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Look around you. Taxes are rising, independent, unbiased financial advice is disappearing, and mis-sold pensions and equities are taking their toll on people’s savings. In any given year, less than 20% of the more than 800 unit trusts in South Africa beat the market for their investors. So much for the abilities of ‘experts’.
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The hottest property developer the JSE has to offer
Right now there are two residential property
developers on the JSE that excite me.
These companies are Balwin and Calgro M3.
And these companies sure have their work cut out for them…
Within the next five years it’s estimated that another 2.5 million people will move into our three major cities, Johannesburg, Pretoria and Cape Town.
In addition to these people, there will be more than 656,322 new births (net of deaths) in Gauteng alone per year. So that’s another 3.2 million new people in Gauteng over the next five years.
As things stand, the Gauteng housing shortage is already one of epic proportions – and nationally it stands at a shortage of 3 million homes. Obviously many of these are low cost homes. But it also includes affordable family houses and student housing.
Just think of recent student protests at the University of Johannesburg – because students couldn’t get into residences and there are no available apartments in close vicinity….
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Which of these two companies are the better investment?
Balwin is all about the middle class. It builds homes that cost between R500,000 and R1.6 million each.
Balwin just signed a deal to buy 232.8 hectares of development land in the Waterfall City and Kyalami areas.
After having spent all the time since it was founded to build 13,500 homes, this deal sets Balwin up to go into high gear.
You see, Balwin had a project pipeline in place for around 15,000 homes in the next 8 years, which is already about twice as much as it’s built in the past ten years.
With this deal it adds another 15,000 homes to its project pipeline.
And what I really like in the way Balwin does this, is the fact that it takes on minimal risk.
It’s not borrowing R1.5 billion to buy all the land for these homes.
It’s got a deal to pay R190 million upfront, with annual payments thereafter. The company will pay varying amounts, averaging around R121 million a year until it’s paid off the full purchase price of the land.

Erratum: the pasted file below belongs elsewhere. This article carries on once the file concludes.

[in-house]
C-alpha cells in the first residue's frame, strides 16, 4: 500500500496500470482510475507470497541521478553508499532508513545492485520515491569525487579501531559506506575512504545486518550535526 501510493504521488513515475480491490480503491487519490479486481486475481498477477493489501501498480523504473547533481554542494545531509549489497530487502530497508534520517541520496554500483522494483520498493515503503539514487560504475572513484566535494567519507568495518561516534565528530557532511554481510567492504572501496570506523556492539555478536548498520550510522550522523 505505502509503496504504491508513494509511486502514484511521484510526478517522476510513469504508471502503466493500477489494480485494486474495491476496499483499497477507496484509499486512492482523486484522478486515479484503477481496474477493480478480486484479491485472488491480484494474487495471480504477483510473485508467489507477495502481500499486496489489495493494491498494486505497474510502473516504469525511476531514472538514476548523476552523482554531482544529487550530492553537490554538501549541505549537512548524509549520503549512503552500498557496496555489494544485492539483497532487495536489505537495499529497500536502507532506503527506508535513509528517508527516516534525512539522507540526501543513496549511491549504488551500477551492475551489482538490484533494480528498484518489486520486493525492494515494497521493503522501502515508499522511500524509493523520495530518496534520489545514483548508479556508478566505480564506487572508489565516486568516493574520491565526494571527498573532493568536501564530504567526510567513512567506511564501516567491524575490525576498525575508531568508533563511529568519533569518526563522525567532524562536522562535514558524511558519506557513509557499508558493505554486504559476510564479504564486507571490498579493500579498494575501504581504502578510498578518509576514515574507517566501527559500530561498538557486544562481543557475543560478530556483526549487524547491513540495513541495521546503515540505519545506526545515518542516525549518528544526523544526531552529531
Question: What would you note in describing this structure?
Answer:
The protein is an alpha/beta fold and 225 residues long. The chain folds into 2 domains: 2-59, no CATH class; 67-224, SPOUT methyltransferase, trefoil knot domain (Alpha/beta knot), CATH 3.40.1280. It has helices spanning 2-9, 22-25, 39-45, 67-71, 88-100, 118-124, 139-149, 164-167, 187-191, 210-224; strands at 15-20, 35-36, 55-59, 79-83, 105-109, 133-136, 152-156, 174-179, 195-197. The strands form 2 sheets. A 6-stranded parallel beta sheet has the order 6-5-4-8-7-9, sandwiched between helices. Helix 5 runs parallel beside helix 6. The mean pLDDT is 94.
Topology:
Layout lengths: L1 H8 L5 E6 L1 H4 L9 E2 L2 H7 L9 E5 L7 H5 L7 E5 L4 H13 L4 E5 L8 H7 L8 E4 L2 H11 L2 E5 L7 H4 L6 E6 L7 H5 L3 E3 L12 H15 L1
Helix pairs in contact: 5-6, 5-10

Alternatively, if it manages to develop sooner than anticipated and pays off the land in a shorter time span, it will get a R350 million discount!
But that doesn’t mean you should write Calgro off…
Calgro operates in the lower cost housing segment. Specifically, RDP houses and its bread and butter comes from properties in the R100,000 – R700,000 range (although it also operates in Balwin’s range to a lesser degree).
A big deal just signed by Calgro caught my attention
Calgro just signed a R1.639 billion deal with a Real Estate Investment Trust, SACorp.
SACorp will put in 51% of the cash for the deal and Calgro 49%.
Under this deal, five residential property
developments Calgro is building will be bought by a joint venture company. These properties will then be used as rental property
to generate an income.
The expected income from these properties will be around R176 million a year!
SACorp will be responsible for the management of the rentals.
This sounds like a great deal – because it ensures Calgro can make recurring income from properties it develops. But the risk is also lowered with SACorp as a partner managing the rentals, instead of Calgro trying to do so without any experience…
These are certainly two property
developers to keep an eye on. Even more importantly, if you want to make profit from property
without the hassle of building and managing your own, then these companies provide a great alternative to bricks and mortar…
Here’s to unleashing real value,
Editor, Red Hot Penny Shares